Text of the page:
Wealth of City-States, Villages, Trading Houses etc

Dear Athasians,
I am looking for opinions on how much wealth some people or communities can or should have, in gp, sp, cp and bits. Maybe you remember some sources or can make an guess based on prices, everything is welcomed. The Tribe of One Trilogy went too far with a 100.000 gp hired sellsword imo but i might be wrong.

Wealth of a…

Dwarf Village
Slave Tribe
Major Trading House
Minor Trading House
Veiled Alliance


I like a “metal is rare, even with coins setting” so I would go with:

City-State (Population 12.000) avg. 1 Mill. gp, 10 Mill. sp, 50 Mill. cp, 200 Mill. bits

Dwarf Village (Population 1.000) 10 gp, 1.000 sp, 5.000 cp, 8.000 bits

Slave Tribe (Population 100) 30 sp, 400 cp, 1.000 bits

Altaruk (Population 1.200) 60 gp, 2.000 sp, 8.000 cp, 12.000 bits

Fort (Population 60) 60 sp, 600 cp, 1.200 bits

Major Trading House 100.000 gp, 600.000 sp, 3 Mill. cp, 10 Mill. bits

Minor Trading House 1.000 gp, 6.000 sp, 300.000 cp, 1 Mill. bits

Veiled Alliance 100 gp, 1.000 sp, 10.000 cp, 50.000 bits

But I’m not very sure about such a approach.

Thanks to anyone replying.

May your waterskin never run dry.


Personally, I use the financial limits of the communities stated in the Dungeon Master Guide 3.5 (page 137) and the wealth limit of the NPC and PC (for major NPCs) which can also be found there. I only convert gp to cp.
For the tribes, I would use the same guide than for the cities.
For the trading houses, I have no specific guidance or tables, but I assume that major trading houses are almost always able to sell the most valuable items of the city-state except for magical ones. You can maybe compare trading houses to the guide for communities: the Wavir trading house could have, on all its installations, the wealth and financial limit of a city-state of a 10.000 inhabitants.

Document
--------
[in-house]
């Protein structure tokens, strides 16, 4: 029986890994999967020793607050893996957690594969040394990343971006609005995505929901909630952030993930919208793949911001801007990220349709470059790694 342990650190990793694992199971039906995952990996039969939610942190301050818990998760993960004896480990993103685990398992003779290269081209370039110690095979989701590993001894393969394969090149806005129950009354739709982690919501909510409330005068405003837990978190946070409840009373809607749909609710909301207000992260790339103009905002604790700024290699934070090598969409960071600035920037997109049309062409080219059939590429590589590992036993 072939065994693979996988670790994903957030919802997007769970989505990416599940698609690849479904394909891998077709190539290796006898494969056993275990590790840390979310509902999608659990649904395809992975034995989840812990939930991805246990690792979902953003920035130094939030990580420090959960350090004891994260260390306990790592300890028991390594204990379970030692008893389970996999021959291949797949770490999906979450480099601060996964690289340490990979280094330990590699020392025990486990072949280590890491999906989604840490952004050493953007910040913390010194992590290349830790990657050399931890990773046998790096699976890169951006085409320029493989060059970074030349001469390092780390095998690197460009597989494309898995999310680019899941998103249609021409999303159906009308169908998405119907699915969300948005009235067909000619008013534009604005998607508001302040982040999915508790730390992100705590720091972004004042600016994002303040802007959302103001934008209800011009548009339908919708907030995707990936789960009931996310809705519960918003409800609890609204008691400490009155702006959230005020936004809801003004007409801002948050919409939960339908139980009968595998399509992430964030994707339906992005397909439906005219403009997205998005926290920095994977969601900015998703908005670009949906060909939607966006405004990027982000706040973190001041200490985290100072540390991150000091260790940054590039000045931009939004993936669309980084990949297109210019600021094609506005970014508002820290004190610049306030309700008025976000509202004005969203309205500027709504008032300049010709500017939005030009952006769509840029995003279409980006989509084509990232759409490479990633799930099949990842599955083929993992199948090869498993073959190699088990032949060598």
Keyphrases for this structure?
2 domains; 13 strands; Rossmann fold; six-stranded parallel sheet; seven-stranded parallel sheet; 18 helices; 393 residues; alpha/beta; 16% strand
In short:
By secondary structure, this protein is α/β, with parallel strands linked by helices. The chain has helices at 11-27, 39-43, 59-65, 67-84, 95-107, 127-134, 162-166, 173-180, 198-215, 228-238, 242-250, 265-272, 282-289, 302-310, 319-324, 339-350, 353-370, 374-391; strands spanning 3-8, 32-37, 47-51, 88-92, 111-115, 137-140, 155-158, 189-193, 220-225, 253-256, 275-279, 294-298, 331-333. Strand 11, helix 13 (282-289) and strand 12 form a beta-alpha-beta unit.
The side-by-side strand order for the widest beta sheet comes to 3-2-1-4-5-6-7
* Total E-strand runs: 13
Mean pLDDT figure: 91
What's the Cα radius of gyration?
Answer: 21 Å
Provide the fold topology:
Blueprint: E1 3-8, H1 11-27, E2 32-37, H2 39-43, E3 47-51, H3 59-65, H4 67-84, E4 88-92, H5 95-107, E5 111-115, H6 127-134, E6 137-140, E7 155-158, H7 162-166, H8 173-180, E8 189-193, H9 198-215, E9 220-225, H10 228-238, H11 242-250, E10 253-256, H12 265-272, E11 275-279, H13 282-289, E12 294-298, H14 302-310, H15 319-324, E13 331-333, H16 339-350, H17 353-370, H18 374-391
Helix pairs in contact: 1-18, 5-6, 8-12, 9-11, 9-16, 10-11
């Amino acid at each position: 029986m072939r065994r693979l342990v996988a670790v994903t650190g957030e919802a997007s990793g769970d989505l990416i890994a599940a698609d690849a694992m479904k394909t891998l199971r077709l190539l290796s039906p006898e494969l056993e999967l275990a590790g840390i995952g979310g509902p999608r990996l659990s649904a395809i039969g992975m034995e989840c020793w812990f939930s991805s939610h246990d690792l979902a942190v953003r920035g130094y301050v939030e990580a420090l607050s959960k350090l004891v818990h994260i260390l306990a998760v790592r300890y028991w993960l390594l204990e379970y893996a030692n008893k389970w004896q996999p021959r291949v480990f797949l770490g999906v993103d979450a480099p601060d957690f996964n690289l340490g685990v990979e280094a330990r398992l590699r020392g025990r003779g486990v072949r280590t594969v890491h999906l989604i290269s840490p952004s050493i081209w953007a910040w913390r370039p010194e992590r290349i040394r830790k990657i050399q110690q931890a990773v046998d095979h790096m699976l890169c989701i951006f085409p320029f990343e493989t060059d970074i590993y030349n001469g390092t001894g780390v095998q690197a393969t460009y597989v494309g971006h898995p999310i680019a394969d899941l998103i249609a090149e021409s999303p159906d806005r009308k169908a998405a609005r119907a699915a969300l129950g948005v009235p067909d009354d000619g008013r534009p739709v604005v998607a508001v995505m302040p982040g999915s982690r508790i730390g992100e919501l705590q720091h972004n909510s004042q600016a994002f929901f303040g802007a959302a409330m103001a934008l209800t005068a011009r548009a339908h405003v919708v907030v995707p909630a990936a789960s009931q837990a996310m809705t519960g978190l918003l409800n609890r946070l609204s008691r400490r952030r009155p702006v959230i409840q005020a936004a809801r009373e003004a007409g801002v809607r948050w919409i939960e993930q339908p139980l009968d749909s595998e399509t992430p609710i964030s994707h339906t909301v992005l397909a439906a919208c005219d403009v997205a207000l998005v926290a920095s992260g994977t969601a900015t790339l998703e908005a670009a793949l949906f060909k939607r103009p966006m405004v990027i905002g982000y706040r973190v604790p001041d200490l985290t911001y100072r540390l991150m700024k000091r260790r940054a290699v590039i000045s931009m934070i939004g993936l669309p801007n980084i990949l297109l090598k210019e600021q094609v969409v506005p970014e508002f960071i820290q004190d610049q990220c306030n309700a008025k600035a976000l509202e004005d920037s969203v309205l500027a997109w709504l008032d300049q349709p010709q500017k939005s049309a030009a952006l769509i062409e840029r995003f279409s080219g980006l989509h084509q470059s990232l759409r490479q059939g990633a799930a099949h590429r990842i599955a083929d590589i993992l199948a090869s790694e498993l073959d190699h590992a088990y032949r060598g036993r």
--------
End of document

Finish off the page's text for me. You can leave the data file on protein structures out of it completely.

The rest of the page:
The wealth of a merchant house is not concentrated in one city-state, but split between them. I use equivalents of letters of credit (not written in an obvious way, of course, and with an arcane mark spell on them) that can be exchanged from one city-state to the other, but only in the installations of the same trading house that emitted it (with precise records of every letters of credit being kept in all the major installations of a city-state through psionic communication). The cost of creation of letters of credit is such that they are rarely used and only for large amounts of cash, and only by major trading houses.
For a veiled alliance chapter, I would use the number of members and their level, to have an idea of its wealth (using the NPC tables of the DMG).


Same - I use those wealth levels as a guide for Athasian settlements and also the stuff on how many NPCs can be found in a settlement, using the Community Modifier system. I plan to write this stuff up as a blog but for now, here is the page with my notes from my campaign journal:


Considering Cermanic-Pieces are purely speculative, given economics; they can easily be reproduced, so, inflation is rampant: and economic readjustments are common.

In Dark Sun, anything with walls, has value. Any tool(weapon), that helps you survive, has value. More importantly, having power over individuals is wealth.

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I can’t imagine that Borys wouldn’t seek to enforce economic stability by using Ceramic Pieces as representative currency to exchange backing commodities like grains or water, two things integral to build a population of people to bully. I would go so far as to say that the setting implies that that’s the case via existence of the supplement “Dune Trader”. No one would seek financial wealth if it wasn’t a stable and widely valued thing.

All of the things you list (individuals, tools, walls) boil down to manpower and any sizable force dedicated to a task (be it labor or war) will only go as far as it’s stomach will carry it.

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